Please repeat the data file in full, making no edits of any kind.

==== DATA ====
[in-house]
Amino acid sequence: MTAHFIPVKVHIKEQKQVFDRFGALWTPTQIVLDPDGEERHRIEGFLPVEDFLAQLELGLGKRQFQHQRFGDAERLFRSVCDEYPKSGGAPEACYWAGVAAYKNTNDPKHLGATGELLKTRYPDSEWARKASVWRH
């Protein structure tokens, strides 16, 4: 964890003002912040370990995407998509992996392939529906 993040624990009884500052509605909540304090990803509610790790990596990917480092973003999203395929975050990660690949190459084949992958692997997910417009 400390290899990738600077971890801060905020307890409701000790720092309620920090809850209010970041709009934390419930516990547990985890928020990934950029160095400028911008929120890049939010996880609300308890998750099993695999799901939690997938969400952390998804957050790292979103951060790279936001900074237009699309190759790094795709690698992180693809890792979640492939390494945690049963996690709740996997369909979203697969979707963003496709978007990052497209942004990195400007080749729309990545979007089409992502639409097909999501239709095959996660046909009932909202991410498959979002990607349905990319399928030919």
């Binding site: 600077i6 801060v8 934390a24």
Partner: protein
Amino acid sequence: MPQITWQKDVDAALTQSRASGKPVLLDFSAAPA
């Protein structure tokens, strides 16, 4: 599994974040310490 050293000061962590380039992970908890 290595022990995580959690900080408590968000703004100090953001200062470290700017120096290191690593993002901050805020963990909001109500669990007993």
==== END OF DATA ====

[in-house]
Amino acid sequence: MTAHFIPVKVHIKEQKQVFDRFGALWTPTQIVLDPDGEERHRIEGFLPVEDFLAQLELGLGKRQFQHQRFGDAERLFRSVCDEYPKSGGAPEACYWAGVAAYKNTNDPKHLGATGELLKTRYPDSEWARKASVWRH
């Protein structure tokens, strides 16, 4: 964890003002912040370990995407998509992996392939529906 993040624990009884500052509605909540304090990803509610790790990596990917480092973003999203395929975050990660690949190459084949992958692997997910417009 400390290899990738600077971890801060905020307890409701000790720092309620920090809850209010970041709009934390419930516990547990985890928020990934950029160095400028911008929120890049939010996880609300308890998750099993695999799901939690997938969400952390998804957050790292979103951060790279936001900074237009699309190759790094795709690698992180693809890792979640492939390494945690049963996690709740996997369909979203697969979707963003496709978007990052497209942004990195400007080749729309990545979007089409992502639409097909999501239709095959996660046909009932909202991410498959979002990607349905990319399928030919």
């Binding site: 600077i6 801060v8 934390a24």
Partner: protein
Amino acid sequence: MPQITWQKDVDAALTQSRASGKPVLLDFSAAPA
């Protein structure tokens, strides 16, 4: 599994974040310490 050293000061962590380039992970908890 290595022990995580959690900080408590968000703004100090953001200062470290700017120096290191690593993002901050805020963990909001109500669990007993």